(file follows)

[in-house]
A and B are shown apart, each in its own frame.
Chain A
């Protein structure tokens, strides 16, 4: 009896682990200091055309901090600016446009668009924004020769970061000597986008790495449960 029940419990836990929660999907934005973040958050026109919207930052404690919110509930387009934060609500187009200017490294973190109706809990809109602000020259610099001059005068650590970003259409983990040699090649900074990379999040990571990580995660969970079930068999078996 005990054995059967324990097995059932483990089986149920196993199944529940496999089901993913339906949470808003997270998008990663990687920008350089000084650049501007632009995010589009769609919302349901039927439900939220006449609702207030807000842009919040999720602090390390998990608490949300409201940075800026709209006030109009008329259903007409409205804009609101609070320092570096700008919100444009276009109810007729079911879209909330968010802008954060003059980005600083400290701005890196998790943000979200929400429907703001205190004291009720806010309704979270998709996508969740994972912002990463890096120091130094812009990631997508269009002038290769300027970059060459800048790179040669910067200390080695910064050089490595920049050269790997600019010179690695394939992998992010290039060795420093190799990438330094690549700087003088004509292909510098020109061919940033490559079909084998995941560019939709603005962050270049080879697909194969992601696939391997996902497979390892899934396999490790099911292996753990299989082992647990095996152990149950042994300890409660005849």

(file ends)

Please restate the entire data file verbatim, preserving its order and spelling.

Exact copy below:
[in-house]
A and B are shown apart, each in its own frame.
Chain A
């Protein structure tokens, strides 16, 4: 009896682990200091055309901090600016446009668009924004020769970061000597986008790495449960 029940419990836990929660999907934005973040958050026109919207930052404690919110509930387009934060609500187009200017490294973190109706809990809109602000020259610099001059005068650590970003259409983990040699090649900074990379999040990571990580995660969970079930068999078996 005990054995059967324990097995059932483990089986149920196993199944529940496999089901993913339906949470808003997270998008990663990687920008350089000084650049501007632009995010589009769609919302349901039927439900939220006449609702207030807000842009919040999720602090390390998990608490949300409201940075800026709209006030109009008329259903007409409205804009609101609070320092570096700008919100444009276009109810007729079911879209909330968010802008954060003059980005600083400290701005890196998790943000979200929400429907703001205190004291009720806010309704979270998709996508969740994972912002990463890096120091130094812009990631997508269009002038290769300027970059060459800048790179040669910067200390080695910064050089490595920049050269790997600019010179690695394939992998992010290039060795420093190799990438330094690549700087003088004509292909510098020109061919940033490559079909084998995941560019939709603005962050270049080879697909194969992601696939391997996902497979390892899934396999490790099911292996753990299989082992647990095996152990149950042994300890409660005849």